By Eisa Nefertari Ulen
The Oscars got political again this year, though clearly not in the way many viewers may have preferred. Social media hummed with a cacophony of righteous clicks, but it was a drumbeat of outrage against the night’s master of ceremonies, Seth MacFarlane. Discontent, expressed in 140 characters or less, made a mad cadence down many a timeline before MacFarlane could even get through his performance of “The Boob Song”.
“Can someone kill seth macfarlane on stage that would be nice,” was typical of some of the more hardcore tweets. Even NPR weighed in this morning about how the reviews of MacFarlane were less than stellar in some parts.
But anyone familiar with Seth MacFarlane’s work expected him to teeter over the knife’s edge of good taste. This is the dude who created “Family Guy,” “American Dad,” “The Cleveland Show.” Someone with more power than MacFarlane even gave him the opportunity to hit The Big Screen, and Seth gave us “Ted.”
And last night was just as fresh. I don’t want waving peace signs. I don’t want an explicit request for greater diversity in the industry that purports to show us, bigger than life and in HD. I don’t want seductive yet vaguely paternalistic expressions of respect for women actresses. You want that? Dig in the crates. You’re gonna have to go back in the Academy Awards days to get that display of political correctness.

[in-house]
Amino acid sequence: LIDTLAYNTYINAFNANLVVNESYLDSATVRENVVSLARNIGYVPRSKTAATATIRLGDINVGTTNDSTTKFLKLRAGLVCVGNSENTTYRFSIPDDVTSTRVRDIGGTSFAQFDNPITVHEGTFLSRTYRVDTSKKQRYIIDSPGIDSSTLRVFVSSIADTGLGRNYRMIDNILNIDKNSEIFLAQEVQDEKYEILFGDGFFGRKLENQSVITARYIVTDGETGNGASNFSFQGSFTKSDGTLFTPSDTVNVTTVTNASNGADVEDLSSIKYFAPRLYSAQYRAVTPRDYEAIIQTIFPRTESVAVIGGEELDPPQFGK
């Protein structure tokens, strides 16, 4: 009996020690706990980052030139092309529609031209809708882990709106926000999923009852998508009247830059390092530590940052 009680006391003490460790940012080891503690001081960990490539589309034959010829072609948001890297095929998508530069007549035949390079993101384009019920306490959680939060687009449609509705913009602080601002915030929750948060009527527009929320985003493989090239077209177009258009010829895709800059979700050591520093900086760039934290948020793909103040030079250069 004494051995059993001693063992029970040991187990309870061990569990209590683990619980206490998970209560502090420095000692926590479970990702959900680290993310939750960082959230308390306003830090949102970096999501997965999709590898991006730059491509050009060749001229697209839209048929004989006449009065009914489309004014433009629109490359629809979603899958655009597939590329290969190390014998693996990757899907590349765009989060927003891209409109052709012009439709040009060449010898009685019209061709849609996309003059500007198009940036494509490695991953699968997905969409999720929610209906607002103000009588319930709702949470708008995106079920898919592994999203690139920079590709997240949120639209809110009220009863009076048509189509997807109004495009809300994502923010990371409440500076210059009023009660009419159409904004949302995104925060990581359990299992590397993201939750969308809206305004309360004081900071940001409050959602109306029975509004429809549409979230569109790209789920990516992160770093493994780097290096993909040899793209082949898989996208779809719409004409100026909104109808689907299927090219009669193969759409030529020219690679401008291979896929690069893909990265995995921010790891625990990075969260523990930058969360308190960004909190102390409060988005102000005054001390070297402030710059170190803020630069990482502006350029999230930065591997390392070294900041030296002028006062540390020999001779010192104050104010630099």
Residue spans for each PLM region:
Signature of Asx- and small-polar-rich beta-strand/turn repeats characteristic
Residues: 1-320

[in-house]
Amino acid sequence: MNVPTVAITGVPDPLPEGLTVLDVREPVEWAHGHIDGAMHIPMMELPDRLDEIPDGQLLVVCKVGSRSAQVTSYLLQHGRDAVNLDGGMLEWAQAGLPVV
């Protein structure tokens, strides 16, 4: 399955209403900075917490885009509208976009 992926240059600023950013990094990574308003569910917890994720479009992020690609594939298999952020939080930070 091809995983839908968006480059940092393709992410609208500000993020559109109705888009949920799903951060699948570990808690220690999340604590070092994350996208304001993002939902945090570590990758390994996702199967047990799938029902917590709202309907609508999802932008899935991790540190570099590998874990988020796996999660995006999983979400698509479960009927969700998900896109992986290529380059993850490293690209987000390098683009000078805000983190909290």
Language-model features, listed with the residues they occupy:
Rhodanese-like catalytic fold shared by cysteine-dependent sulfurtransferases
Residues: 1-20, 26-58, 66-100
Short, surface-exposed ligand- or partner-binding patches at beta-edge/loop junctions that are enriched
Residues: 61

Me? I want exactly what I got last night. I want a 9-year-old black girl flexing muscles for millions of other 9-year-old black girls to see. (Beast it, Quvenzhane!) I want Robin Roberts bald and beautiful. I want Octavia Spencer just a little bit cocky on the mic. And I want a host willing to push buttons that will keep the audience awake, engaged, clicking about more than smoky eyes and body size.
Give me whole songs that are questionable, even outrageous, almost offensive. Comedy is the brutal art. It is supposed to hurt. So give me more of Oscar Night 2013, please.
And all the talk the day after.
So let’s offer a counter-narrative to all the negative talk about last night’s show. What does The Boob Song really mean? That Seth McFarland is a sexist, well, boob? Or, does the lyrical accuracy of Seth’s song and dance mean that we need to examine this truth - that Hollywood demands full-frontal female nudity? That nearly every actress that town produces, each a woman of incredible talent, must, at some point in her career, even sometimes at the pinnacle of her career, reveal her breasts? That Hollywood hates its women? That America hates its women?
I dug how Seth walked the racial line, too. The Denzel-played-in-the-Nutty-Professor-movies joke? That could have been a line from the seminal, ground-breaking, biting satire of Black life in Tinsel Town, Hollywood Shuffle. Yeah, that was a good line. Give it to me.
Give me McFarland’s perfectly-pitched awkwardness with just a pinch of diffidence. And with all that, give me the best news of all: At least this year, the show was memorable.